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4.4 out of 5 stars40
4.4 out of 5 stars
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on 28 September 2013
I rarely take time out of my day to write a review on amazon but I must say this book is well worth picking up, if not for yourself then as a great stocking filler!

I never really gave much thought into the origin of phrases such as 'mad cow disease' or the fact that the scientific term may be something different.

Also love the fact that the language of journalese is never complete. I constantly find myself coming up with new phrases which I will be sure to pass onto Robert Hutton for volume II.

Get buying people.
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on 14 October 2013
"'Coffers' – where organisations of which we disapprove keep their money"

Hutton has cleverly identified the way that newspapers use language (often language never found outside of newspapers) to suit their agenda, and provides an entertaining guide to decoding it. A great book to dive into occasionally, especially when irritated with the media! So always.
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on 29 October 2013
This is simply the funniest book on journalism I've ever read and every journalist should read it.

If you are a journalist or a media studies student, buy it. If you love a journalist, buy it for them. If neither apply, I think it'll still make you laugh - and probably horrify you in places too.

Hutton has a brilliant ear for the language of news and an insider's knowledge of how newspapers work. So this is not just an exhaustive list of journalists' jargon: every definition is funny because it exposes, in our own words, the arcane or hyperbolic vocab we use to turn something into a story.

The book is divided into lots of short sections covering every part of a paper - from crime to the Royals to sport. This makes it very dippable, although I read it straight through in two sittings, thrilled to recognise my tribal language.

Can't recommend it enough.
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on 26 September 2013
Any follower of news is going to instantly resonate with Rob Hutton's brilliant explanation of the language of newspapers.

This is an affectionate book, written by an insider who clearly loves journalism while being highly attuned to its oddities and idiosyncrasies. The result is both illuminating and extremely funny. I laughed out loud on nearly every page.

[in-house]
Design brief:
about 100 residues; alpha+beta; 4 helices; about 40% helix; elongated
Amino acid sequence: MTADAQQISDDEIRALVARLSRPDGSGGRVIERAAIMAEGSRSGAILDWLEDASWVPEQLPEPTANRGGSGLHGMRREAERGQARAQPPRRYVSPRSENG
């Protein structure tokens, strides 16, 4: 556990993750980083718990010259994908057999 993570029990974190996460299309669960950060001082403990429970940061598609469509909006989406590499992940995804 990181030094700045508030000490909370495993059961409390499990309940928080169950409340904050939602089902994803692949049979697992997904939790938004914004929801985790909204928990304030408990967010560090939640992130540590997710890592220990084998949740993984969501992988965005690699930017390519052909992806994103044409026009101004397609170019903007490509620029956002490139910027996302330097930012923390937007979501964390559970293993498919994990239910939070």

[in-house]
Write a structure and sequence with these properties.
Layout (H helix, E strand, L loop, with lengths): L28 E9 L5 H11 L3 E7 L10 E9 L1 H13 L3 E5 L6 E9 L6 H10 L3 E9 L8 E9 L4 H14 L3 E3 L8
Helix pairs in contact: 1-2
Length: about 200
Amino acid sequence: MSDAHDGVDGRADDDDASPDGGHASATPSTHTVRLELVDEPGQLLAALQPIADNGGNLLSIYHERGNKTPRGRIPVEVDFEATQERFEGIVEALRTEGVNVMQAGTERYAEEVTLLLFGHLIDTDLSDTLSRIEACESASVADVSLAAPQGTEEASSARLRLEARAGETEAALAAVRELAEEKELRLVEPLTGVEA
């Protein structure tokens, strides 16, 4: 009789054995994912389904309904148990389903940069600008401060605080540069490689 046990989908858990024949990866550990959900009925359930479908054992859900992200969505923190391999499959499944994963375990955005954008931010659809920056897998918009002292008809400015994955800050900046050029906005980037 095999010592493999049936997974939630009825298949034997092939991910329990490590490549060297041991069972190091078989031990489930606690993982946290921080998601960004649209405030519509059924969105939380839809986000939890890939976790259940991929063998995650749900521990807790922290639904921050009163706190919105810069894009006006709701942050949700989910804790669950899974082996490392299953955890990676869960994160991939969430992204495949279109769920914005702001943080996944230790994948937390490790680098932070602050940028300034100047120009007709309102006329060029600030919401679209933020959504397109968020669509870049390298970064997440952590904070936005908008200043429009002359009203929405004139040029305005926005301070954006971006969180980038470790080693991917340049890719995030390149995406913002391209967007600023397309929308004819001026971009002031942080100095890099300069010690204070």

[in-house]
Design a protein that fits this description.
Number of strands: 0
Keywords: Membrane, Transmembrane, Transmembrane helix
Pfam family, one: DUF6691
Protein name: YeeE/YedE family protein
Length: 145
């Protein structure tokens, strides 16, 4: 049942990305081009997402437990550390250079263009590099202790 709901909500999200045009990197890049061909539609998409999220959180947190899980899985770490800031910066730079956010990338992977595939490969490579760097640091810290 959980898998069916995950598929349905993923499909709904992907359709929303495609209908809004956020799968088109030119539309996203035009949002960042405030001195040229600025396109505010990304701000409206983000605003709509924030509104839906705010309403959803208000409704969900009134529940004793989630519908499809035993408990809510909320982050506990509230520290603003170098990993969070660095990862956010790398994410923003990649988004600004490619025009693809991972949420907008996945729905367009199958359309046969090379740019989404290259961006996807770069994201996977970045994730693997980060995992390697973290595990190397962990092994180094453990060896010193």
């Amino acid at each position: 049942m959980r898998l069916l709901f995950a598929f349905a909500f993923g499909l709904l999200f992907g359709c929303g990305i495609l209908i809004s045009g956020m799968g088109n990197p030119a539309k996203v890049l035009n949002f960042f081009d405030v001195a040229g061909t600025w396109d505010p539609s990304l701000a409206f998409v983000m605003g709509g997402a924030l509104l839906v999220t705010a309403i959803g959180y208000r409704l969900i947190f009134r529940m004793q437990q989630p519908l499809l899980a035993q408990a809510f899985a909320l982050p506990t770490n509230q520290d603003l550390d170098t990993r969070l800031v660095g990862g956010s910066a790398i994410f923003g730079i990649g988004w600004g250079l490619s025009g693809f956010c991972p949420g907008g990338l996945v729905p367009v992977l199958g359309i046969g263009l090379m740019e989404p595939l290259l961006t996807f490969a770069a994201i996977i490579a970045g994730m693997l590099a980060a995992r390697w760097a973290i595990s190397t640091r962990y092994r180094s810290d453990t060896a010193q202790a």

Highly recommended.
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on 10 October 2013
I cried with laughter at Rob Hutton's best definitions of journalists' words. Romps, Tots and Boffins is very clever and very funny. Enjoy.
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on 14 November 2013
Absolutely fantastic. So so accurate, been waiting ages for a book like this covering something that's irritated me for years.
Brilliant

I certainly wont be jamming any hotlines or launching a foul mouthed tirade!
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on 2 November 2013
Romps, Tots and Boffins is an amusing compendium of journalese, those idiosyncratic words and phrases that seem to only exist within the pages of newspapers and that are often multi-layered with peculiar meaning. Long-term newsman Robert Hutton has collated this excellent tribute to hyperbole and doublethink and there's bound to be something among the collected inanities to make everyone smile. A couple of favourite examples of journalese that I seem to have encountered a lot in this week's papers: "multimillion - what all developments are. Even a scout hut costs a million these days," "hellraiser - male star who 20 years ago could make women faint by taking his shirt off but who now is just a tubby drunk" and "Svengali - reference to an 1894 novel and a 1931 film. Now always preceded by `pop' and followed by `Simon Cowell'. It means, to those to whom it means anything, someone like Simon Cowell."
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VINE VOICEon 26 January 2014
What a great little book - if you are a regular reader of any British newspaper (not just the tabloids) you'll find yourself hooting with laughter at the accuracy of its observations. Well done Rob Hutton; a clever and original idea, beautifully executed.
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on 16 November 2013
This is a very well-written and interesting book. I'm an ex-journalist and so it had a very special significance for me.
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on 3 December 2013
Loved this witty,revealing little book. Wish it was longer. This book is not for reading in one go, it would be over and done with in no time. Dip in and out, go back to it, read that bit again. A perfect bog book.

Clever Mr Hutton, lets have another.
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